Another interesting detail of The Guardian story: in June of 2016, Wikileaks emailed the GRU via an intermediary, seeking the DNC material. After failed attempts, Vladimir Putin’s spies sent the documents in mid-July to Wikileaks, as an encrypted attachment.

Now, that timing is interesting. Assange, who wanted the Trump campaign to win, because, like Putin, he feared Hillary Clinton and being held accountable for his alleged crimes by her administration. In June, Assange was ready to go. He wanted those emails. He didn’t receive them until mid-July. What happened in June?

Don Jr., Manafort, and Kushner met in Trump Tower with representatives of the Kremlin. That’s the meeting where the Kremlin likely needed to be reassured that if they helped get Trump elected, in return the sanctions crippling Russia’s economy would be dropped. The hacked materials weren’t delivered to Wikileaks until mid-July, around the time of the Republican National Convention, where the Republican Party platform watered down its support for Ukraine, including providing defensive aid. Republicans and Democrats were strongly united in providing defensive aid to Ukraine, and suddenly the Republican Party stripped this language from their party platform. Days later, on the eve of the Democratic Convention, Wikileaks released the stolen DNC emails, carefully curated to show that leaders of the DNC were supporting Hillary Clinton over Bernie Sanders in the primary. This set off a bomb, dividing Trump’s opposition, causing chaos for the DNC. Sensitive details about their donors were also released.

I was inside the Democratic Convention the night Hillary Clinton accepted her party’s nomination. A giant sign held up by the protesters at that historic moment said, “Wikileaks.” These are the kinds of dirty tricks Manafort and Stone built a business on for decades.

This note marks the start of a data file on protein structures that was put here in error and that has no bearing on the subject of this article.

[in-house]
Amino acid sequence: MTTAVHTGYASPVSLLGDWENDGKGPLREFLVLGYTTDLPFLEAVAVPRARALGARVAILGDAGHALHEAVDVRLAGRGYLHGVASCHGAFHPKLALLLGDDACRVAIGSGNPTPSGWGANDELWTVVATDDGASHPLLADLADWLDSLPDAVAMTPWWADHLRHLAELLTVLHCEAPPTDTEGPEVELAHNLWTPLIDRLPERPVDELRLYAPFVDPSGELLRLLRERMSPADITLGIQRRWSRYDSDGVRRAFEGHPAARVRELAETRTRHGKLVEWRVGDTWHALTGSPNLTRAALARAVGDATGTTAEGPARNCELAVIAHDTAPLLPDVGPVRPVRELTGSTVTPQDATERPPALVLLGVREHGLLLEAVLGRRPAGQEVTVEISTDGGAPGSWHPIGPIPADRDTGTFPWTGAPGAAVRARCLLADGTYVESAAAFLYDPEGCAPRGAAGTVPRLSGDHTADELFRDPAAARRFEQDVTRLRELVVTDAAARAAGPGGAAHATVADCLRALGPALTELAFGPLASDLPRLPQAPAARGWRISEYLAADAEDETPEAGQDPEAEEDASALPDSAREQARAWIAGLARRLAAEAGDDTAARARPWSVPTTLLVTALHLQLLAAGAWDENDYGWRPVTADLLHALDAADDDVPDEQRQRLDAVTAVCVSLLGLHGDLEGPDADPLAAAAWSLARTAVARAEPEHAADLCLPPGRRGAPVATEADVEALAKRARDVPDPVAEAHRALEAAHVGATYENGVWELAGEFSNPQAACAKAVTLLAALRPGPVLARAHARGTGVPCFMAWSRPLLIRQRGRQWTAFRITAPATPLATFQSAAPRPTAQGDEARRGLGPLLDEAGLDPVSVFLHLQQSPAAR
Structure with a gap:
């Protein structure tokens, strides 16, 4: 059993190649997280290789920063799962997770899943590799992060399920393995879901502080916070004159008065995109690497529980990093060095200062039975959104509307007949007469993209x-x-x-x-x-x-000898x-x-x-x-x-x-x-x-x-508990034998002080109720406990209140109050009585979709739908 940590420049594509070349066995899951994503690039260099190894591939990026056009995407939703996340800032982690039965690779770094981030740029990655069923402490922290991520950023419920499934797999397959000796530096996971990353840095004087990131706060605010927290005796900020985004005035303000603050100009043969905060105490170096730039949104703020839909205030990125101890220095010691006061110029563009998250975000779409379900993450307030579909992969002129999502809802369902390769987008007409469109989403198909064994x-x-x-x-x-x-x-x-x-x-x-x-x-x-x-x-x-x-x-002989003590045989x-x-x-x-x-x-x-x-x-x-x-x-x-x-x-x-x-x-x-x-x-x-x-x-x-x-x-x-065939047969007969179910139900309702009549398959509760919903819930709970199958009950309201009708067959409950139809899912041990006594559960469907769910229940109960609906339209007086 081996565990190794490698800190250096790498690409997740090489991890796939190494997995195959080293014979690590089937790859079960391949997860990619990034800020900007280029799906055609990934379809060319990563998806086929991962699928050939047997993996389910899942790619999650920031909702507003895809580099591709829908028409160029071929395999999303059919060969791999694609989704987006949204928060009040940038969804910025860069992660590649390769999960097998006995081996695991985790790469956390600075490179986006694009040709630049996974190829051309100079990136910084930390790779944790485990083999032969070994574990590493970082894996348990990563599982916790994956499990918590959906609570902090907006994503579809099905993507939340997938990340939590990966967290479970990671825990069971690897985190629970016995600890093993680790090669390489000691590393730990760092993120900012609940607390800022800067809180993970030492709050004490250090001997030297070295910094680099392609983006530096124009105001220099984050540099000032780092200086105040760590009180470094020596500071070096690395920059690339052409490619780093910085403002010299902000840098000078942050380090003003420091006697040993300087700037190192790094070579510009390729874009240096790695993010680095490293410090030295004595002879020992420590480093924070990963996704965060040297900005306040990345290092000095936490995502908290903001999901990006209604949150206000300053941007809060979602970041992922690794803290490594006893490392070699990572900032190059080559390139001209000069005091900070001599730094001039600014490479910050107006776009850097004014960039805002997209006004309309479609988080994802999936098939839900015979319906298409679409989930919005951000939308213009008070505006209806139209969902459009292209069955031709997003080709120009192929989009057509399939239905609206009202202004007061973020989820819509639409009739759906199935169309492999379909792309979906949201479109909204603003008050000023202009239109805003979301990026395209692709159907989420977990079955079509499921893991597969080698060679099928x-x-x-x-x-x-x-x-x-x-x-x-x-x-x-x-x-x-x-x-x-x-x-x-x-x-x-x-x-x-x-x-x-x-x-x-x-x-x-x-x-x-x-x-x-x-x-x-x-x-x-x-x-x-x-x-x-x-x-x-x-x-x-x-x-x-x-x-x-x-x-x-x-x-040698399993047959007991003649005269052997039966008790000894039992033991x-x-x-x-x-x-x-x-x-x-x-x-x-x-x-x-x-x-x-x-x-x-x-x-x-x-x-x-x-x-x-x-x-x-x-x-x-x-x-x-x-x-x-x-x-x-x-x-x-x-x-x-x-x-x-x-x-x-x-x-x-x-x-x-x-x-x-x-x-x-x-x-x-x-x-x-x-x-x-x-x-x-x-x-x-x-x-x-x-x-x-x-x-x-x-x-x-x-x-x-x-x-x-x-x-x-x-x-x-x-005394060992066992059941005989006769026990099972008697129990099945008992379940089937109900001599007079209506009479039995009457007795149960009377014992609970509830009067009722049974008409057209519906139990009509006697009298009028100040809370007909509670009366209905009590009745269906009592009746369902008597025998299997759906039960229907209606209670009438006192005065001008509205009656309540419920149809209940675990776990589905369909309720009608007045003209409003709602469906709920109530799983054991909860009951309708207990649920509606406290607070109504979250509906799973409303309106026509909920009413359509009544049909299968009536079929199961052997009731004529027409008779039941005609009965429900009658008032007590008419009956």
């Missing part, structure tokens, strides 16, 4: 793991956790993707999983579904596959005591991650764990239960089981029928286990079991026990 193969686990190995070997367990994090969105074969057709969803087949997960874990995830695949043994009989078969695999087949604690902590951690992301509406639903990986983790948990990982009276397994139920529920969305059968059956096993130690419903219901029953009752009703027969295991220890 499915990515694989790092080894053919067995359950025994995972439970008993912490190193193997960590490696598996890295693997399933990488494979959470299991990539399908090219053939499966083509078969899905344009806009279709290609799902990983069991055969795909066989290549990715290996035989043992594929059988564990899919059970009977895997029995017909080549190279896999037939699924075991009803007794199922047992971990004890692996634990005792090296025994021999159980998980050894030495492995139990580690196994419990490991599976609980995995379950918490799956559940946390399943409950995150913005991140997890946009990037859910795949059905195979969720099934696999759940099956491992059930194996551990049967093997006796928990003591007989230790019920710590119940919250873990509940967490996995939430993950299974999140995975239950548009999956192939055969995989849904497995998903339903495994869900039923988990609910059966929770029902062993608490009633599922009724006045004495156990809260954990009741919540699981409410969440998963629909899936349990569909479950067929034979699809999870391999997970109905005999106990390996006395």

Finally, let’s look at the years Manafort visited with Assange: 2013, 2015, 2016. 2013: Putin passes anti-gay laws. Many in the West speak out against this. Celebrities boycotted Russia over this. What did Trump do in 2013? He brought Miss Universe to Moscow. He had no problem with the anti-gay laws. He hung out in Moscow in 2013 on his trip with Aras Agalarov the Russian billionaire who set up the June 2016 Trump Tower meeting.

In 2013, the Steele Dossier claims the Russian FSB collected kompromat on Trump during his trip sufficient enough to blackmail him. So, 2013 was a very active year for Trump, the Kremlin, and Trump’s longtime friend Paul Manafort, meeting with Assange, an associate of the Kremlin’s who had his own talk show on Kremlin-funded RT. At the same time, another important Kremlin conduit, accused spy Maria Butina, was busy infiltrating the Republican Party and NRA, so the groundwork, which would help Trump win the election was already being laid in 2013.

Okay, so 2015 is significant because Russia had already annexed Crimea and invaded Eastern Ukraine. In June 2015, Trump officially announces his candidacy. That same year, a Russian-provided missile shot down commercial jet MH-17, killing all onboard. The sanctions, international pressure against Russia... It was all increasing, the heat was being turned up. So this increases Russia’s motivation to stop Clinton and elect Trump, and just to get rid of these sanctions crippling its economy.

Then of course 2016’s significance, as we already know, as we already went over, is very clear. The same time Manafort is officially brought into the Trump campaign, he’s going to London to the Ecuador embassy to meet with Assange. Very interesting. And then, a few months later, the Trump Tower meeting happens, and then a month later, Assange gets the stolen emails from the Russians. Another question: what about Manafort’s longtime collaborator in Ukraine, the liberal strategist Tad Devine? He and Manafort were communicating with a former GRU agent indicted by Mueller, Konstantin Kilimnick, who’s now in Russia. As Malcolm Nance likes to remind us, there’s no such thing as a former GRU agent.